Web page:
Award-Winning Artist and Holocaust Survivor Judy Cassab Dead at 95
She won the coveted Archibald Prize twice in her lifetime.
Judy Cassab, an artist and a Holocaust survivor, died of cancer in the early morning hours of November 3 at age 95. She had been suffering from dementia for 14 years, and had been diagnosed with melanoma six months ago.
She was born in Vienna in 1920, and began painting as a girl. “Her mother bought her a set of crayons for her twelfth birthday and she drew a drawing of her grandmother, which was the first drawing she had ever done in her life,” Cassab’s son Peter Kampfner told ABC. “And [it looks like it was painted] with the hand of a 50-year-old master. We still have that drawing today.”
As a young woman, she studied art in Prague after making an agreement with her future husband, Jancsi Kampfher, to be an artist and not a “hausfrau,” according to the Sydney Morning Herald. In 1939, her studies were interrupted by the German occupation of the city, and Kampfner was forced to work in a labor camp. Afterward, he went into hiding, while Cassab disguised herself as a Gentile maid.
Both the couple’s families died in concentration camps, and Kampfner’s anti-Soviet political views caused him to lose his job following the war. After they emigrated to Australia, Cassab rededicated herself to painting and became a fixture of the Sydney art scene.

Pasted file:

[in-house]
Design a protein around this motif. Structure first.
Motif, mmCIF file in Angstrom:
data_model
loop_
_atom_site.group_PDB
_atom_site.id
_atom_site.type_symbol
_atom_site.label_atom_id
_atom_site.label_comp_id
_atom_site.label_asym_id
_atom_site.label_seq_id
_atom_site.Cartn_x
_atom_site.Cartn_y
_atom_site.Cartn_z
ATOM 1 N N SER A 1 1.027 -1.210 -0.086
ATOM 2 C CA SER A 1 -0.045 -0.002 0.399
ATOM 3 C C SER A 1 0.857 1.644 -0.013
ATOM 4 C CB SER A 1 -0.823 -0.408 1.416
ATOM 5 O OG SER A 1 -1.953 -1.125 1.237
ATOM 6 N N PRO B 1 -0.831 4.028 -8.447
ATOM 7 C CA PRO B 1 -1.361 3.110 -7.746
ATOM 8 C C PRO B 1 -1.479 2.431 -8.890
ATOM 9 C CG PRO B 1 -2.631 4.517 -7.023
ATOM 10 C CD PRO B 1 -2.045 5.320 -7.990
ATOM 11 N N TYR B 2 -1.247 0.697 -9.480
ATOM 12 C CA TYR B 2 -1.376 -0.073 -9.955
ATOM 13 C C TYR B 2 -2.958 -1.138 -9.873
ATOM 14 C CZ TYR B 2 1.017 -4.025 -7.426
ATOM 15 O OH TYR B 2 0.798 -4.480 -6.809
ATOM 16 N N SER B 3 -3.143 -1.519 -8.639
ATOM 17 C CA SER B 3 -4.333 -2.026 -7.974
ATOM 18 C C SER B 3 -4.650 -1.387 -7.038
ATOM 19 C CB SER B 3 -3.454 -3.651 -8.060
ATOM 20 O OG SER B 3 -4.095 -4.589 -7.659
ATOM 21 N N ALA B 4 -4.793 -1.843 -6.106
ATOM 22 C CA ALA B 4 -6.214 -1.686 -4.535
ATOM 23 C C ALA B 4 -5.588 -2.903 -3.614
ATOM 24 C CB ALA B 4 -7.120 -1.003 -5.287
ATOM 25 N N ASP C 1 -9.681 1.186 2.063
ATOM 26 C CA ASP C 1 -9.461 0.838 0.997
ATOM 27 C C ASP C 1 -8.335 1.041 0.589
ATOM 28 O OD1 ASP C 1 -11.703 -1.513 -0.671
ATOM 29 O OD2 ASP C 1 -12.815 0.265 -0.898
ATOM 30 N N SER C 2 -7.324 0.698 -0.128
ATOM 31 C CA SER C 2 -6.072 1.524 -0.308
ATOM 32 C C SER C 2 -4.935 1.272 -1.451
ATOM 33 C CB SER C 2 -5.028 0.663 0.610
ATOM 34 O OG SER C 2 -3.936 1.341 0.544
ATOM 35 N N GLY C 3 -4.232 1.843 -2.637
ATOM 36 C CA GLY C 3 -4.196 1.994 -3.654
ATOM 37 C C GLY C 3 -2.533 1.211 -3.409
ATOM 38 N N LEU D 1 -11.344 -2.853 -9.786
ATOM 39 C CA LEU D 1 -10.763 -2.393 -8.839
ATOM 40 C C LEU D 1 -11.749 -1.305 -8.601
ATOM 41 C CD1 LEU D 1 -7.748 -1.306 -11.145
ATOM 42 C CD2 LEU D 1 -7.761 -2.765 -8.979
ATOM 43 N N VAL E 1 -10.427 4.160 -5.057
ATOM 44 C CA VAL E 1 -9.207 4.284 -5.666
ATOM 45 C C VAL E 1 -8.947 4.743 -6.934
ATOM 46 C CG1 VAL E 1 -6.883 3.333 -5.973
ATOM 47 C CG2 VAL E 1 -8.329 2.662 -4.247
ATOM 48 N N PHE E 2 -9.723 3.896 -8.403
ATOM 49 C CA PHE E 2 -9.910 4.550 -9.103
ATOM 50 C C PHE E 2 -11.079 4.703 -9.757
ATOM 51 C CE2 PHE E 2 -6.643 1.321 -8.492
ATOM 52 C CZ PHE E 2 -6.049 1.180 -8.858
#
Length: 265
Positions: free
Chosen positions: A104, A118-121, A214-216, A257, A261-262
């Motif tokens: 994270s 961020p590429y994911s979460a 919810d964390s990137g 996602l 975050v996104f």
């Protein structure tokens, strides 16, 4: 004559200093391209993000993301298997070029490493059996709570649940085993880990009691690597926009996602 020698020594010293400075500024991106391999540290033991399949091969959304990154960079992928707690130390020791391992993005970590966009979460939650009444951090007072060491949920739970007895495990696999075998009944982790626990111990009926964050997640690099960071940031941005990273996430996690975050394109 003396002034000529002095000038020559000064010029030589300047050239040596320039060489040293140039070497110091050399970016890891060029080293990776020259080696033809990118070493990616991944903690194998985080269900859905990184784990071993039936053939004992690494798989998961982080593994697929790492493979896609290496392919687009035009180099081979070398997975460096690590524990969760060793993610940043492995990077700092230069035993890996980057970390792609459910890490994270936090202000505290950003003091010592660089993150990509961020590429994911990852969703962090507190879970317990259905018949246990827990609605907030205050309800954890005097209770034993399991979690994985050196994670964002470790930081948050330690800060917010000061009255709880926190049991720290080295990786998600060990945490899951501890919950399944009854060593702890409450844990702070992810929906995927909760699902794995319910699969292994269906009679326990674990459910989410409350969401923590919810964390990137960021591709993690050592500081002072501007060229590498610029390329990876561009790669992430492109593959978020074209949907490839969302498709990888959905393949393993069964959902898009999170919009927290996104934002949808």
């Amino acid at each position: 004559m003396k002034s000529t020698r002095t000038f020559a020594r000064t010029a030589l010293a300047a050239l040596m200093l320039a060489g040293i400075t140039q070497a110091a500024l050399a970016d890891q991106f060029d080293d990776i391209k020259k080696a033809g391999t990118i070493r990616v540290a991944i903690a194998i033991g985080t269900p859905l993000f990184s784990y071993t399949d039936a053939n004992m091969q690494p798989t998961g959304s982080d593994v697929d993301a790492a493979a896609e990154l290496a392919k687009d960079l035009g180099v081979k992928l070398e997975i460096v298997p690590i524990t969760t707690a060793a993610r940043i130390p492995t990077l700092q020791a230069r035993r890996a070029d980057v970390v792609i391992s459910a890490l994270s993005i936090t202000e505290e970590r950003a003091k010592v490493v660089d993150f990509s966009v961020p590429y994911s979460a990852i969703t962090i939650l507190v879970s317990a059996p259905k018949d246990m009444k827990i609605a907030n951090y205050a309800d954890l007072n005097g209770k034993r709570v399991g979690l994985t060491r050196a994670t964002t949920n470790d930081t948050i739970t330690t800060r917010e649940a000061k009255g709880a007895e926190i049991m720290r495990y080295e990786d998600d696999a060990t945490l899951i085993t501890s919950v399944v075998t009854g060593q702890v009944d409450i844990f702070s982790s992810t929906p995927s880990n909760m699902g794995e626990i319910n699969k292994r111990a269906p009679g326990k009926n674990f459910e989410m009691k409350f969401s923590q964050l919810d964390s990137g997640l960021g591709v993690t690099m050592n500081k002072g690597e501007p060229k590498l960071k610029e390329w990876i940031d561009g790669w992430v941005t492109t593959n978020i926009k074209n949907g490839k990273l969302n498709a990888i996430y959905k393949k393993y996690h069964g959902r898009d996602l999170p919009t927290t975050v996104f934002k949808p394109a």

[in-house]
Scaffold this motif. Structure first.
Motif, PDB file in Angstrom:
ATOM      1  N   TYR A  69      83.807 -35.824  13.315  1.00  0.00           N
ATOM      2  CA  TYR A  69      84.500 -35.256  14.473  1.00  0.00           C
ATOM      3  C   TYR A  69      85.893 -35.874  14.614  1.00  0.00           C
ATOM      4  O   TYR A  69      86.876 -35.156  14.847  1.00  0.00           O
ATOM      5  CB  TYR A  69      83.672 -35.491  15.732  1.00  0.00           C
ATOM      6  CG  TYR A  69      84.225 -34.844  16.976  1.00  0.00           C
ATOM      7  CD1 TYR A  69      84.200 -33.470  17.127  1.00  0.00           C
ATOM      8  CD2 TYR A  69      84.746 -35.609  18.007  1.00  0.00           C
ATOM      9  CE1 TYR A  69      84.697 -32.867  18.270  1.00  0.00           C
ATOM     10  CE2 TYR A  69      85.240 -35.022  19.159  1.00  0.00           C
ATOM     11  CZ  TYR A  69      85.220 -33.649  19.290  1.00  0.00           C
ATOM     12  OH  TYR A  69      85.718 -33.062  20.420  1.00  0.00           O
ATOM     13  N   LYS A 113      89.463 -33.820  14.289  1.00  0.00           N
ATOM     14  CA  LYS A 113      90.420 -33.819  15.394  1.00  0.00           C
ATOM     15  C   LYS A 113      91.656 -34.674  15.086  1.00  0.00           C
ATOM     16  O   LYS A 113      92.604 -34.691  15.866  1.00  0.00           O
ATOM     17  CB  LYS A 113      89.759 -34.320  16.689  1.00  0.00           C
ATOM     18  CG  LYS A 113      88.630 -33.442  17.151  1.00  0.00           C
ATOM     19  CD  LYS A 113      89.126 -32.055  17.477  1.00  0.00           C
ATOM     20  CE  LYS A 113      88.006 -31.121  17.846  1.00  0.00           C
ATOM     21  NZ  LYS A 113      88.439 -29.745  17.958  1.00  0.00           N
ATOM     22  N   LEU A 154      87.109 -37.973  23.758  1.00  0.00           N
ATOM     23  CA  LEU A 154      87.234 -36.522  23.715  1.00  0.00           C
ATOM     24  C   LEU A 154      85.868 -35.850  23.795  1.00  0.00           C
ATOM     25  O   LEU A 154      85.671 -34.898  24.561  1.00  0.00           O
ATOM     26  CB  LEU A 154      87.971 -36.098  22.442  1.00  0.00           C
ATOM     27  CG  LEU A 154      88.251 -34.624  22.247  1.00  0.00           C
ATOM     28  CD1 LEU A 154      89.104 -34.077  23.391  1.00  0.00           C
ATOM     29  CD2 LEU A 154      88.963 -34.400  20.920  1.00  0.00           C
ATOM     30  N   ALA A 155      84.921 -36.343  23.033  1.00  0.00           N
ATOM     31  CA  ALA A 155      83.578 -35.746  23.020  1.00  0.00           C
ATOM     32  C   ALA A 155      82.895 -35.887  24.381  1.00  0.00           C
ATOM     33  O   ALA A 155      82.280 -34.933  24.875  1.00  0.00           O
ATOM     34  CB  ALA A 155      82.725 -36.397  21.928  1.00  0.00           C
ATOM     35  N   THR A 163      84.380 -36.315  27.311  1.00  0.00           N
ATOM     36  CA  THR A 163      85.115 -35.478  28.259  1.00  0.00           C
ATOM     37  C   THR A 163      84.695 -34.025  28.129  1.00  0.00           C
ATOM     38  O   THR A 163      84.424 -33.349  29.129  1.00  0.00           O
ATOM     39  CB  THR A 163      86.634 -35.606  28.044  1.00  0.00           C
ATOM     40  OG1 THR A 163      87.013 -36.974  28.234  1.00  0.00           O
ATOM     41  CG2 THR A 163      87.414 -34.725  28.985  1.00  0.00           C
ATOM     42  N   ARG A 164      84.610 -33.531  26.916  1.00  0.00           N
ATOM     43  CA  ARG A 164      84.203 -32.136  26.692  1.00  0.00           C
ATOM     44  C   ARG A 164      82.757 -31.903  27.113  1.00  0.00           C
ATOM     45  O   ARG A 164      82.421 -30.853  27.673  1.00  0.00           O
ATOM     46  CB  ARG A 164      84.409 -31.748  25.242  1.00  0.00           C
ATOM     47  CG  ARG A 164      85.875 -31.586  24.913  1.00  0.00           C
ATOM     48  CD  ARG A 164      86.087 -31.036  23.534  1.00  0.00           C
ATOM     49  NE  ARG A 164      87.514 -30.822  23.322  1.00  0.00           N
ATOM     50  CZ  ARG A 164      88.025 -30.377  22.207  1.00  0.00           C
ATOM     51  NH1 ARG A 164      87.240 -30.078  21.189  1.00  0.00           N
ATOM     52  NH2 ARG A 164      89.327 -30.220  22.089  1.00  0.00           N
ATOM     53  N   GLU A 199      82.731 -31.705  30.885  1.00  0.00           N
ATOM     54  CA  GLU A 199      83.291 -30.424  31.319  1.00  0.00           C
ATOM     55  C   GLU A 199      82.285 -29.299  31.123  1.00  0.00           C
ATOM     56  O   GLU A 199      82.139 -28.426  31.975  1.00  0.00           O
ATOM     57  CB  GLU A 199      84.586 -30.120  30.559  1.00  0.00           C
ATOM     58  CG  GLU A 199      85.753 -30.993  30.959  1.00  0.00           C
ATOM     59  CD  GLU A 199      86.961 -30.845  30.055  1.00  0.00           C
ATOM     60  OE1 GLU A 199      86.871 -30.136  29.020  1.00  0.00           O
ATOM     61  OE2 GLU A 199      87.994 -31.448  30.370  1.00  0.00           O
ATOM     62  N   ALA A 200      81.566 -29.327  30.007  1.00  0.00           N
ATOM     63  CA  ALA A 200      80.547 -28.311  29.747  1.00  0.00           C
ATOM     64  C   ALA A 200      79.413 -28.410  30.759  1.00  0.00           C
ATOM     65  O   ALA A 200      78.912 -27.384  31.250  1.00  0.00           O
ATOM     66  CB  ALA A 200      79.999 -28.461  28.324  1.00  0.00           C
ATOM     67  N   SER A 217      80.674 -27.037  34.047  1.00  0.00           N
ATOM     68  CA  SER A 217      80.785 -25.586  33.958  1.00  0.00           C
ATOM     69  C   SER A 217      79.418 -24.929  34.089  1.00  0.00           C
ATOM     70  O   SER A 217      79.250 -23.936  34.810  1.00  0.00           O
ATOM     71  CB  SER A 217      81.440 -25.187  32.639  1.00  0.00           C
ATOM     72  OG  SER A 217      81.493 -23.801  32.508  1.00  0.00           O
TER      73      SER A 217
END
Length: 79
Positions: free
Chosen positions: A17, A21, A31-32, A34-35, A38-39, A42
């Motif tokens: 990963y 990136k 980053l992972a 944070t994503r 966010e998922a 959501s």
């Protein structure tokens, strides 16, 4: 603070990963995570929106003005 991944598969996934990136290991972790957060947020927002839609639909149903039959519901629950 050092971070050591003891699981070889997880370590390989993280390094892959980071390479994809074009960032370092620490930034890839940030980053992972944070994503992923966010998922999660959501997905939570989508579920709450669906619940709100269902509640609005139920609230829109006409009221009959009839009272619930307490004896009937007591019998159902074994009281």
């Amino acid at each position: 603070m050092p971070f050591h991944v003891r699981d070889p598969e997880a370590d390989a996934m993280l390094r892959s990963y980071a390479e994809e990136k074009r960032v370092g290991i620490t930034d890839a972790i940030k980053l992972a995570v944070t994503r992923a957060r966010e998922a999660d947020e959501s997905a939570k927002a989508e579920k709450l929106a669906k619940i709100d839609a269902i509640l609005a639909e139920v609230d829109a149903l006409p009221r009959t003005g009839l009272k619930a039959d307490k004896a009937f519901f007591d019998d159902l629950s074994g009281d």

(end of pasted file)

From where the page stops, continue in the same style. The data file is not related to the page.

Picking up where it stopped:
She was the first woman to win Australia’s coveted Archibald Prize for best portrait, taking top honors in 1960 for her painting of artist Stanislav Roptec, and again in 1966, for her portrait of artist Margo Lewers.
Among her other honors, Cassab was named a commander of the order of the British Empire in 1969, and an officer of the Order of Australia in 1988. In 2011, she received Hungary’s Gold Cross of Merit.
“She was somebody who really knew what her vocation was very young and sustained it in a really committed and tenacious way for her whole life,” said Anne Ryan, curator of Sydney’s New South Wales Art Gallery, to ABC. “That was an impressive thing, especially for a woman of her generation. It wasn’t easy for women to succeed in the Australian art world and she certainly did.”
Australian artist Filippa Buttitta painted Cassab last year for her entry to the Archibald Prize 2015, where she was a finalist; she visited the elderly artist at her nursing home about 20times to capture her likeness.
“I found the regular visits and companionship of such a great artist extremely rewarding and motivating,” said Buttitta of the experience on the Archibald Prize website. “I was delighted when she actually touched the work with her own brush and even more delighted to see her undertake a few small works of her own, having not painted for nearly two years.”
Kampfner died in 2001. The couple is survived by their sons, John and Peter, grandsons, Bodhi and River, and great-granddaughter, Jala.
Follow Artnet News on Facebook:
Want to stay ahead of the art world? Subscribe to our newsletter to get the breaking news, eye-opening interviews, and incisive critical takes that drive the conversation forward.